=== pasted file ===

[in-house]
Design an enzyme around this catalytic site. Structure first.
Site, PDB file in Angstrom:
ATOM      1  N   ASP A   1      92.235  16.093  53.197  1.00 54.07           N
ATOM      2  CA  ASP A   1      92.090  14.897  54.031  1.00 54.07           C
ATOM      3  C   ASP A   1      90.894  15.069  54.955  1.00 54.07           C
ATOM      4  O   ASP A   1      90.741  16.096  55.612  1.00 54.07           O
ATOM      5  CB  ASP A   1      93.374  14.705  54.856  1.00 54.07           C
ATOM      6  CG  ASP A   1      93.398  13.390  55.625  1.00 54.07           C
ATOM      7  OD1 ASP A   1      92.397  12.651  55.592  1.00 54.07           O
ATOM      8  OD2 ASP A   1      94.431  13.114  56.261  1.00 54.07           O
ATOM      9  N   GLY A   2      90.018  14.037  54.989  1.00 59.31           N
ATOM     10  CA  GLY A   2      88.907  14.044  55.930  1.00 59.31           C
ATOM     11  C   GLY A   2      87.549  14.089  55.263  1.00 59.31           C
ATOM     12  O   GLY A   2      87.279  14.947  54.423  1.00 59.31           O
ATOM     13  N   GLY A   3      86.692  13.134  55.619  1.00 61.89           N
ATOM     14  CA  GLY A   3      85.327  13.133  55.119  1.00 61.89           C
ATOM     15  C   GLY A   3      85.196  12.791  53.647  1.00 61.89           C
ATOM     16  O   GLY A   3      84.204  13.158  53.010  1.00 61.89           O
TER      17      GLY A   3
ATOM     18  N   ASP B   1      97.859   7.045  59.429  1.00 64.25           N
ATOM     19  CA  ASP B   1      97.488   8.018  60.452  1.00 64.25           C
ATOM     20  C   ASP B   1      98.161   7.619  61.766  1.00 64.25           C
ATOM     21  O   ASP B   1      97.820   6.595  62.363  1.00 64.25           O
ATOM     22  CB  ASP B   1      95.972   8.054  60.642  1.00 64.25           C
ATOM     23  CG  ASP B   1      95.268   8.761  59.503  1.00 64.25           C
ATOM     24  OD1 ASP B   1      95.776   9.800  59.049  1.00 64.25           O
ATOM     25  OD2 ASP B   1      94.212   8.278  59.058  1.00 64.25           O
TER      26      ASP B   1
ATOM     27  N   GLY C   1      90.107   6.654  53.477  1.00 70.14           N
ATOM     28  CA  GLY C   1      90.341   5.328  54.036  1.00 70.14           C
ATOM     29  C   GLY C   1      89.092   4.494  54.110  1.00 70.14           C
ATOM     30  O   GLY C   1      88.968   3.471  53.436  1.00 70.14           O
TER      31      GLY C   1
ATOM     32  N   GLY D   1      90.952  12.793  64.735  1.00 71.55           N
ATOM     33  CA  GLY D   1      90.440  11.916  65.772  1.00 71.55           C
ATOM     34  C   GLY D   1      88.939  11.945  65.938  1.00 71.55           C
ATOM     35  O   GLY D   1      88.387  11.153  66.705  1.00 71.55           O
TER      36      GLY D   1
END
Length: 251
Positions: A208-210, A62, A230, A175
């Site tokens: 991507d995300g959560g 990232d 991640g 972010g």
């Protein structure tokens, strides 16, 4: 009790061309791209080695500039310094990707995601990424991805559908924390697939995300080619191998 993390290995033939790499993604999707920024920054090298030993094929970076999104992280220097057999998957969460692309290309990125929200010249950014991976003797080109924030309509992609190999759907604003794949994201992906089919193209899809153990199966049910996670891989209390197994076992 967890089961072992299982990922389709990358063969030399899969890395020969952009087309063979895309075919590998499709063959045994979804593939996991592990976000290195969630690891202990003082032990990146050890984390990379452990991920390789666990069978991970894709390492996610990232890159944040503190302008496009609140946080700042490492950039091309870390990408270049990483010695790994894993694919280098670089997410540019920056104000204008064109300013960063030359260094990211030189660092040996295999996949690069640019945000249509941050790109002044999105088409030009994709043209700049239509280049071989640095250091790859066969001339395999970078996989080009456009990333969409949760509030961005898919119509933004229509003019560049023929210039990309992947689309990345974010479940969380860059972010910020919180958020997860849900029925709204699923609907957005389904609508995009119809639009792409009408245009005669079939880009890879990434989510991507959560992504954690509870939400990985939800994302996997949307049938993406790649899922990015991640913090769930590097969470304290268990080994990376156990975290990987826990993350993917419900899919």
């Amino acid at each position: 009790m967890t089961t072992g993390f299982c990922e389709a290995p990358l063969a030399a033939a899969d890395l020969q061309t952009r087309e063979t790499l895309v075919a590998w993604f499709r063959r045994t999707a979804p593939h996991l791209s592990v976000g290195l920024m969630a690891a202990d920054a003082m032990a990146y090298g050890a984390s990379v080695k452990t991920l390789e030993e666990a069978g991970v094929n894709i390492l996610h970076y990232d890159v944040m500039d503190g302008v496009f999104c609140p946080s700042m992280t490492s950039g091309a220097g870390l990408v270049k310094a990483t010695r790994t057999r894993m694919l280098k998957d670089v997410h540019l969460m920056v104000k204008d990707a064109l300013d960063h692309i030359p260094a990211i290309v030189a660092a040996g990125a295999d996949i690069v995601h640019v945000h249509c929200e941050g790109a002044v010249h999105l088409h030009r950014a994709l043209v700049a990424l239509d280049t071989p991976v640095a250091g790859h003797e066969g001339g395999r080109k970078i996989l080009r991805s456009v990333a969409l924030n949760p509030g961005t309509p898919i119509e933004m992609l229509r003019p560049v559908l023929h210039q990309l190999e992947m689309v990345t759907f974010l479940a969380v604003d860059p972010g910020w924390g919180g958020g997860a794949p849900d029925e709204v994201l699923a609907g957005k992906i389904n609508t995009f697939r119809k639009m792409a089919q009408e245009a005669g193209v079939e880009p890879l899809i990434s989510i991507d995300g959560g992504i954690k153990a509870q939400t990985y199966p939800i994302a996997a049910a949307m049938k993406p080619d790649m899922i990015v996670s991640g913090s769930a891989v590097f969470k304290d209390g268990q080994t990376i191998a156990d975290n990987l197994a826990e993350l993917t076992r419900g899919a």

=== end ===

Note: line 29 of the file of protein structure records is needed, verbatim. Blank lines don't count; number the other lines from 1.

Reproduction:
TER      26      ASP B   1